Who is responsible for clogged drains?
Who is responsible for blocked drains?
It's the job that nobody wants. Your tenant is on the phone – there’s a blockage. The kitchen sink isn’t emptying. Or worse still, the toilet isn’t flushing away. There’s a bad smell and they’re worried that foul water is going to flood the property. What are you going to do about it, and who is responsible for clogged drains?
Dealing with blockages is an occupational hazard for any landlord, and at the same time can be one of the most common bones of contention between landlord and tenant, when each considers that the other should take responsibility for sorting it out.
If the tenant is responsible…
Tessa Shepperson of Landlord Law Services, says: “It depends on why the drain is blocked. If it is due to the tenant, then it should be the tenant’s obligation.”
At the crux of the matter is the Landlord and Tenants Act 1985, which says under ‘Repairing obligations in short leases’ that the landlord must keep “in repair and proper working order” installations including “basins, sinks, baths and sanitary conveniences”. But importantly, Shepperson points out, the same legislation adds that this obligation doesn’t apply in situations “for which the lessee is liable by virtue of his duty to use the premises in a tenant-like manner”. In simple terms, that means if the tenant has caused the problem, for example by putting excessive grease down the kitchen sink, or sanitary towels or wet-wipes in the toilet, then it is their responsibility to clear the blockage.
If the issue is a single blocked sink, basin, bath or shower, suggest they try and remove the obstruction themselves, using a plunger, a drain-cleaning coil or chemicals. In most cases they should be able to succeed with a little ingenuity.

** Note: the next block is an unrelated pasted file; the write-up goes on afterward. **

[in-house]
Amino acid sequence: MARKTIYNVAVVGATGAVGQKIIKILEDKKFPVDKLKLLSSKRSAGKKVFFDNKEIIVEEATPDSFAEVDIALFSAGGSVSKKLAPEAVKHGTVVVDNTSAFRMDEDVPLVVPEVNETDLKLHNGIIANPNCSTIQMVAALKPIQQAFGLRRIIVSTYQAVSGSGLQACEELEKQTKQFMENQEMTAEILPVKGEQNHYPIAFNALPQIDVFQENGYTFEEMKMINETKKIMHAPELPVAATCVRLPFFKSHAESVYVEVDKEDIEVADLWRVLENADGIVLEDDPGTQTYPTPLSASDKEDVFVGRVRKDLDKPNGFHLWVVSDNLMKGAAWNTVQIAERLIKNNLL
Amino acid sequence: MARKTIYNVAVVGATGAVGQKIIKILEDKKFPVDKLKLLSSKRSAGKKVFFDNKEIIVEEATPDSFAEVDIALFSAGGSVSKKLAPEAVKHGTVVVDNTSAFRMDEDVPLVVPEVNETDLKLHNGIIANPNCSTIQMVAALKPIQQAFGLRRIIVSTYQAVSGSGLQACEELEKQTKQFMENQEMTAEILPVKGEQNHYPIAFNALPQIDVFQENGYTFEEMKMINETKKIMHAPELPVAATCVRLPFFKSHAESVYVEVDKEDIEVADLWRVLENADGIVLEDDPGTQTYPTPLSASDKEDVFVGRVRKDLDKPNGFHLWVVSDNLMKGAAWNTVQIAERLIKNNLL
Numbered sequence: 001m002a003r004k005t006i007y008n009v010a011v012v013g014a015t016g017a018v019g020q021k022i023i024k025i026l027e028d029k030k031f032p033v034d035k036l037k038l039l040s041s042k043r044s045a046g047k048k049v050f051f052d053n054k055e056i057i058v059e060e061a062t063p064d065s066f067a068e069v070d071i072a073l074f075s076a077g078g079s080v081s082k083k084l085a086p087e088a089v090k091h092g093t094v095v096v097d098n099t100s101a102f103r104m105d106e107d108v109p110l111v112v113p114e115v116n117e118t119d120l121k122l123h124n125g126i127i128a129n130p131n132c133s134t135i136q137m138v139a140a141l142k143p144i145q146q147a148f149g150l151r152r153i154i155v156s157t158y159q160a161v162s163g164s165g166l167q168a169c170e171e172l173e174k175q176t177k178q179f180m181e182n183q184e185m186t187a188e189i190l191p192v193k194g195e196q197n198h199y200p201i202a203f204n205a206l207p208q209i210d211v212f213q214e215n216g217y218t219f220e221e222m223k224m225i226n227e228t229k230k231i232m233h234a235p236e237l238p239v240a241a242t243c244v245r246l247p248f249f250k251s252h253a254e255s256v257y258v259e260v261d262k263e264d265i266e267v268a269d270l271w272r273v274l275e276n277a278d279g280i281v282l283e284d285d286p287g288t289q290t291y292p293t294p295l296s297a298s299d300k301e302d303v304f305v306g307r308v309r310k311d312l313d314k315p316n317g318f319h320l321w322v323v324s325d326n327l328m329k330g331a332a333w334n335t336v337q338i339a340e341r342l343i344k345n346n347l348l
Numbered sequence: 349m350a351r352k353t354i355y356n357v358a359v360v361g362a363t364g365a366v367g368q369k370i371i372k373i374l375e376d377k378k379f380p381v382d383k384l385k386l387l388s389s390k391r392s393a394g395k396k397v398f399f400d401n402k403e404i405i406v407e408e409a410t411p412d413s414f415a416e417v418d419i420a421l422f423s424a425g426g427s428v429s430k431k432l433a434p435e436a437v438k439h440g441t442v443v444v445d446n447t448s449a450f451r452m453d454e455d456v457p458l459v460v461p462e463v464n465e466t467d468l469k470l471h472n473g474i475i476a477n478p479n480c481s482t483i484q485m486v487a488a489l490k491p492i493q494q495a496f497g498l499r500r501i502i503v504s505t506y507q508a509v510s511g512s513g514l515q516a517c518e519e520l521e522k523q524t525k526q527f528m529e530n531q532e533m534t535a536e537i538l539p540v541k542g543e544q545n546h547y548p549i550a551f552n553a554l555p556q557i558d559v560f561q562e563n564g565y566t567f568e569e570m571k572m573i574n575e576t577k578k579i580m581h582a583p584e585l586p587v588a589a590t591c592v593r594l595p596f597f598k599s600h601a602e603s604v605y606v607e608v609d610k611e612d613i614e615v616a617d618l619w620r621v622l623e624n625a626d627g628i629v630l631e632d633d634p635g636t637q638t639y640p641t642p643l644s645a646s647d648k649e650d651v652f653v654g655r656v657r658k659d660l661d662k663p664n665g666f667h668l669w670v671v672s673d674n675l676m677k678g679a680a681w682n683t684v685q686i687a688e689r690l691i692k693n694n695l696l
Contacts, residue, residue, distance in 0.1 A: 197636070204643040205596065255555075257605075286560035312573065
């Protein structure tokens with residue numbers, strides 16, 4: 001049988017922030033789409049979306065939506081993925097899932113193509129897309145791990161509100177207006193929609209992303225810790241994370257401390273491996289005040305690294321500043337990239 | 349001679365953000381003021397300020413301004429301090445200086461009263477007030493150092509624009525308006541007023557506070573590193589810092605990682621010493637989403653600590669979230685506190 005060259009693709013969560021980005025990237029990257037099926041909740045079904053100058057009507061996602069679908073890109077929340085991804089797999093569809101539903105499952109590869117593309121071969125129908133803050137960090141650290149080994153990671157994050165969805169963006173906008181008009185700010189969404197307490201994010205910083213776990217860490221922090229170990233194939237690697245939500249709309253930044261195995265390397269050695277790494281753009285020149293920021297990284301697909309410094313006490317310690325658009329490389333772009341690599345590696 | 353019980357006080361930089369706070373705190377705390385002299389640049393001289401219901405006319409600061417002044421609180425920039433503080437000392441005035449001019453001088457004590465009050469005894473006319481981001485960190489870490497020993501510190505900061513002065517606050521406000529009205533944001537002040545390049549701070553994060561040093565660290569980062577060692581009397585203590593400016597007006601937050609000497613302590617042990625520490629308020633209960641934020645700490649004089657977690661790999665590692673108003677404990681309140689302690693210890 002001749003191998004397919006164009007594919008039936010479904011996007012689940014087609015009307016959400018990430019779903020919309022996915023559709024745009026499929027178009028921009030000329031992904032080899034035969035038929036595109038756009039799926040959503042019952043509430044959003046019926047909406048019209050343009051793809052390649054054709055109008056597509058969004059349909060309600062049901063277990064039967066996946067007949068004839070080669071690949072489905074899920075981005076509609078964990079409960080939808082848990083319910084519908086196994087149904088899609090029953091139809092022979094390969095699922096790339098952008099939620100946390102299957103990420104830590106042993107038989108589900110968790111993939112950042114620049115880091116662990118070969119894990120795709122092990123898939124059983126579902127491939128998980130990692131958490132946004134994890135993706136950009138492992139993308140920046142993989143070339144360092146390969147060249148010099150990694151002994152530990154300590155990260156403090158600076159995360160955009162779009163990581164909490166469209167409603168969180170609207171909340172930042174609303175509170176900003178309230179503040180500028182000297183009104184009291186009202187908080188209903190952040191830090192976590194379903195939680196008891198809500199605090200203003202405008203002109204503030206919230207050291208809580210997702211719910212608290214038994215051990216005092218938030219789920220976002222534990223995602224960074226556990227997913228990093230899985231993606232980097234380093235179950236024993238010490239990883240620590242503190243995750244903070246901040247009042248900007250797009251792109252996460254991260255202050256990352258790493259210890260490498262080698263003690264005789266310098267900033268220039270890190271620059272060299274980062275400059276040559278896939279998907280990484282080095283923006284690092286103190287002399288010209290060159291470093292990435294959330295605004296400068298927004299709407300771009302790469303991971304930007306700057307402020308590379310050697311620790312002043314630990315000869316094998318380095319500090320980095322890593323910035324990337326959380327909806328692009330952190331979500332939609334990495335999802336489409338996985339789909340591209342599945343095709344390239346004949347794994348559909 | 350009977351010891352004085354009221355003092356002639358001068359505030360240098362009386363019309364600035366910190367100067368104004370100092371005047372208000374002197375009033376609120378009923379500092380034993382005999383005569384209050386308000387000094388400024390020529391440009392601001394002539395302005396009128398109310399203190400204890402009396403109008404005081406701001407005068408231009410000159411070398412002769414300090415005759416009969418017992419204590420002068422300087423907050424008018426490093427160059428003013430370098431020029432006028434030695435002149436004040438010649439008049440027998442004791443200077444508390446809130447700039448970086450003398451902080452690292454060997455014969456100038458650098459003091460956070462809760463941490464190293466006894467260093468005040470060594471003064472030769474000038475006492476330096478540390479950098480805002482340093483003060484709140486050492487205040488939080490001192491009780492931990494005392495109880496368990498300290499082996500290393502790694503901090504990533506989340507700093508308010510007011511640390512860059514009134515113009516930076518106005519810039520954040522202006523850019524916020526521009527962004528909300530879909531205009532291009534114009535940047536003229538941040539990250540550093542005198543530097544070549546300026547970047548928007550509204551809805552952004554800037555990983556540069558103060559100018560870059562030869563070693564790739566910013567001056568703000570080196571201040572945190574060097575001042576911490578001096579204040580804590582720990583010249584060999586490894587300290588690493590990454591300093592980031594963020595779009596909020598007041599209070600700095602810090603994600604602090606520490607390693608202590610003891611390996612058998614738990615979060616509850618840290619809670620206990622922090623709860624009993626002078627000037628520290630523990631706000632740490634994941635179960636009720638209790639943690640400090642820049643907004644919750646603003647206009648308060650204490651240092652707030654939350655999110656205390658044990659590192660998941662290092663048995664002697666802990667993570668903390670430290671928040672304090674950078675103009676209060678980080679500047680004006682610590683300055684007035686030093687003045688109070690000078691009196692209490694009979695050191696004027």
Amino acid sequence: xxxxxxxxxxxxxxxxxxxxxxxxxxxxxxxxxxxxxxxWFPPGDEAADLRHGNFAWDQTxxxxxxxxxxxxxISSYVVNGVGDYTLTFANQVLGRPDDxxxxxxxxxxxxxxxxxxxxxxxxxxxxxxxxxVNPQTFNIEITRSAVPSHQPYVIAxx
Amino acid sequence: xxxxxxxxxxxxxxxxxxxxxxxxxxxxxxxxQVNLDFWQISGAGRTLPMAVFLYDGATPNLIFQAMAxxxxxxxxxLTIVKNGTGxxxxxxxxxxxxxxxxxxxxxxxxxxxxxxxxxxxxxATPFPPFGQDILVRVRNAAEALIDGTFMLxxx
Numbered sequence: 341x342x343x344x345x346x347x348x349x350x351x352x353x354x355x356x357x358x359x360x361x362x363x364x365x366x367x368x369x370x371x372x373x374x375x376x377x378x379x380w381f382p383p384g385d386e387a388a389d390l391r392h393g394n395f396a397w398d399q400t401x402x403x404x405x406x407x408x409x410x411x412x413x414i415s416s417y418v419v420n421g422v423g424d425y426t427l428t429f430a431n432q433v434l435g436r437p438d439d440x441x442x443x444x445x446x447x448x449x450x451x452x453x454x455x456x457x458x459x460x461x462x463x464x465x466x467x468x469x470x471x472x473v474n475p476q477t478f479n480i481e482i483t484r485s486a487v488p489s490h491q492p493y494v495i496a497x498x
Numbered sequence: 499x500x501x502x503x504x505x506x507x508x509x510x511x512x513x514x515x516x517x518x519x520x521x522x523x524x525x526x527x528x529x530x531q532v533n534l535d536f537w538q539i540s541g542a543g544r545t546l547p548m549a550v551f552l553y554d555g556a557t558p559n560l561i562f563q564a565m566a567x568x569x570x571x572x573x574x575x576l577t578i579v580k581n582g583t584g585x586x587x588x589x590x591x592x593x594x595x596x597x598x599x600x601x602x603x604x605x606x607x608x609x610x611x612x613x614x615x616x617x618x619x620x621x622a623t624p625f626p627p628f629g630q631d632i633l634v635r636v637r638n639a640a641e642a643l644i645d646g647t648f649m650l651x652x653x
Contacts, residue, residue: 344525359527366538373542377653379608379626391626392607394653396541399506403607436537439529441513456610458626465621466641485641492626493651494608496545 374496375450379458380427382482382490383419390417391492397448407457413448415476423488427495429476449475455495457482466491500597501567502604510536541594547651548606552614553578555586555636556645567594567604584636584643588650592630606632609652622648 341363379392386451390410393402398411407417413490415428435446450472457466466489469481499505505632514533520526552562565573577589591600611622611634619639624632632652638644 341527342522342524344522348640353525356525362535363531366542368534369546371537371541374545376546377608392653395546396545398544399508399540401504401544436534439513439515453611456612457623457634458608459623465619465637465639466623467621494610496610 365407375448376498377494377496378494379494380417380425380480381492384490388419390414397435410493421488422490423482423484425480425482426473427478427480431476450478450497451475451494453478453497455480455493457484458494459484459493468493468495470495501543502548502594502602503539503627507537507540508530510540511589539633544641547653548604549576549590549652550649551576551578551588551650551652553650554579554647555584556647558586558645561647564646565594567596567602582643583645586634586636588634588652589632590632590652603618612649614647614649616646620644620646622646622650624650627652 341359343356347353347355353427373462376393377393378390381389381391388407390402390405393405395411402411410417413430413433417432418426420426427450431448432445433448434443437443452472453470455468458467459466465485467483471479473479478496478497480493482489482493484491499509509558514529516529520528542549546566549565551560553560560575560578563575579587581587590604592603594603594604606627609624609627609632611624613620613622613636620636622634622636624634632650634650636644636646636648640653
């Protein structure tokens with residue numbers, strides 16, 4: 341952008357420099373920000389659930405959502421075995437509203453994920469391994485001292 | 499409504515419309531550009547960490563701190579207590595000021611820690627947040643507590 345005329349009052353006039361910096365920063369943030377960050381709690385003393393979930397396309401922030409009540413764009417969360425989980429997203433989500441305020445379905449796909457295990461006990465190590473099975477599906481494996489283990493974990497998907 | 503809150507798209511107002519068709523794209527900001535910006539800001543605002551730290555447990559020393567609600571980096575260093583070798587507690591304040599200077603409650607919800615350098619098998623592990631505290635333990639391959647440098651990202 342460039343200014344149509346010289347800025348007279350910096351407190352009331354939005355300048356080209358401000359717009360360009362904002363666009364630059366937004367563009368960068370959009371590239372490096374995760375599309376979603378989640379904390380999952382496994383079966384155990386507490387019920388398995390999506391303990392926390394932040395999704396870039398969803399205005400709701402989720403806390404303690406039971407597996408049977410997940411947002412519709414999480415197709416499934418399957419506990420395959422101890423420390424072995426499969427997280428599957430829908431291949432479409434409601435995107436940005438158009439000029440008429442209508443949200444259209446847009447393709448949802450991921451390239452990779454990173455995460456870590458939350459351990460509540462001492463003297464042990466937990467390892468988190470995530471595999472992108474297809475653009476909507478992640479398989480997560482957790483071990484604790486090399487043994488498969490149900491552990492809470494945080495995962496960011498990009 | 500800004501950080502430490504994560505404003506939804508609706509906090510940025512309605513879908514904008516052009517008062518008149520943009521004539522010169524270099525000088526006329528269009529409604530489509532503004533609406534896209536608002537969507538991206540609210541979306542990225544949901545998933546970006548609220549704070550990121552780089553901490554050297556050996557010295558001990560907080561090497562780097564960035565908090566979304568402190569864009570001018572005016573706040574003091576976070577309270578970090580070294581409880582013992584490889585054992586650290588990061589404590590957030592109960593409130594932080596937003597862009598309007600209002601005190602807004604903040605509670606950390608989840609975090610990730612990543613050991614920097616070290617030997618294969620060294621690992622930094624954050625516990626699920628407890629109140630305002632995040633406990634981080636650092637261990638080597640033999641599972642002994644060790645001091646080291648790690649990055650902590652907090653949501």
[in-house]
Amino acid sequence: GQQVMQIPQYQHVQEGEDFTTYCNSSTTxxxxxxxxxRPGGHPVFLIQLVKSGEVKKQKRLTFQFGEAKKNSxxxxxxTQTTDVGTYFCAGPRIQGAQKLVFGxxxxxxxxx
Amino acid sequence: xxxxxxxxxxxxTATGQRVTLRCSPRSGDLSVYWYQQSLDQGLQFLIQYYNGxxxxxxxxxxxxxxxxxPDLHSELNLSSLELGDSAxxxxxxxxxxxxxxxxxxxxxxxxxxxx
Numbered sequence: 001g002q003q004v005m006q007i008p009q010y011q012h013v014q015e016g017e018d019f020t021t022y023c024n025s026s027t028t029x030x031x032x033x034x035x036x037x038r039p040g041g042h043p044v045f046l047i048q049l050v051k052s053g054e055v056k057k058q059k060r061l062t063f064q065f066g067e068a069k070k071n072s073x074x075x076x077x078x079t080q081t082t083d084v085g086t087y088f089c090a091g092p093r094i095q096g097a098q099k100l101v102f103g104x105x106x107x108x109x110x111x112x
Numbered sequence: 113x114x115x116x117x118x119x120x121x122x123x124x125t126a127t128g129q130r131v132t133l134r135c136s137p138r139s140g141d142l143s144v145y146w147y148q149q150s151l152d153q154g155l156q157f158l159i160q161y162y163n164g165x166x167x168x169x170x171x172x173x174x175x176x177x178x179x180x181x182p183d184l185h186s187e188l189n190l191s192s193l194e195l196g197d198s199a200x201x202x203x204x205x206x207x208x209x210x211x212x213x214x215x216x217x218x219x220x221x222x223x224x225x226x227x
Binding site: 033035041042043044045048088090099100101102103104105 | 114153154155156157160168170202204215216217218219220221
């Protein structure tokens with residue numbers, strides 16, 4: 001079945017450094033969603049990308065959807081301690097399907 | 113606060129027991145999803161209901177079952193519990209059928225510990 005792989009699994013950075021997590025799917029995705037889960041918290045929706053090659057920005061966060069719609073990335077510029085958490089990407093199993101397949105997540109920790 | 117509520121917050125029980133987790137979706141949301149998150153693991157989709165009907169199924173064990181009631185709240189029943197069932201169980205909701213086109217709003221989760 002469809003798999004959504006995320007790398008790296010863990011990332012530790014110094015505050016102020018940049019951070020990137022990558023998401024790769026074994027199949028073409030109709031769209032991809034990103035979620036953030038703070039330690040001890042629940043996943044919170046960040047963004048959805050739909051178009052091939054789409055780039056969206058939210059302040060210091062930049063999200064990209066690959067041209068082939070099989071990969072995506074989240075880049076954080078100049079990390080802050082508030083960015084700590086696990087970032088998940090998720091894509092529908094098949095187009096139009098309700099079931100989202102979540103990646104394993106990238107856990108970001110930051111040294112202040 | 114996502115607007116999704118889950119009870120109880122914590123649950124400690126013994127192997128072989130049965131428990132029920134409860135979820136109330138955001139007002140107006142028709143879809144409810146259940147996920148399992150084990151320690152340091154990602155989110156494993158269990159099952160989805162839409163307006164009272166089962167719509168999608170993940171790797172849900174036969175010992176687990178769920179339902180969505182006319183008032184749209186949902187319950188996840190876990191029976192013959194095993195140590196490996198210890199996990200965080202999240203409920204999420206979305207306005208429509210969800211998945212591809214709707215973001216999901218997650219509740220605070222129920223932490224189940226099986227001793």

A blocked toilet is more serious because it has more potential to cause flooding, but you could suggest that the tenants don some long rubber gloves and put their hands down the S-bend; they will often be able to pull out whatever is causing the blockage.
When that doesn’t work, an emergency plumber or drain specialist will have to be called. And you may decide to take that action yourself for pragmatic reasons; since March 2019 tenants have had the power to sue landlords who fail to adequately maintain their properties under a new law, the Homes (Fitness for Human Habitation) Act. If the blockage is shown to be the tenants’ fault, then you may ask them to pay for the work, though the onus will be on you to prove the fault of the tenant in this situation.
If the landlord is responsible …
Where the landlord does have responsibility is when the blockage is due to structural reasons – for example if tree roots have broken through external pipework, or even if the drainage is poorly designed and causes debris to catch on sharp bends. If the problem is within the property boundaries, it’s the responsibility of the landlord (and any other leaseholders where pipework is shared). You may be able to sort out the blockage yourself, if you know where access hatches are, and you have suitable equipment such as drain rods. If it falls outside your property boundaries, the water company has to solve the problem.
The best approach is ensuring that all plumbing is working effectively before the tenancy begins, and then make it clear to tenants exactly what they can put down sinks and toilets to avoid confusion. You may wish to document this in writing in case you need proof of tenancy breach to claim reparations later on.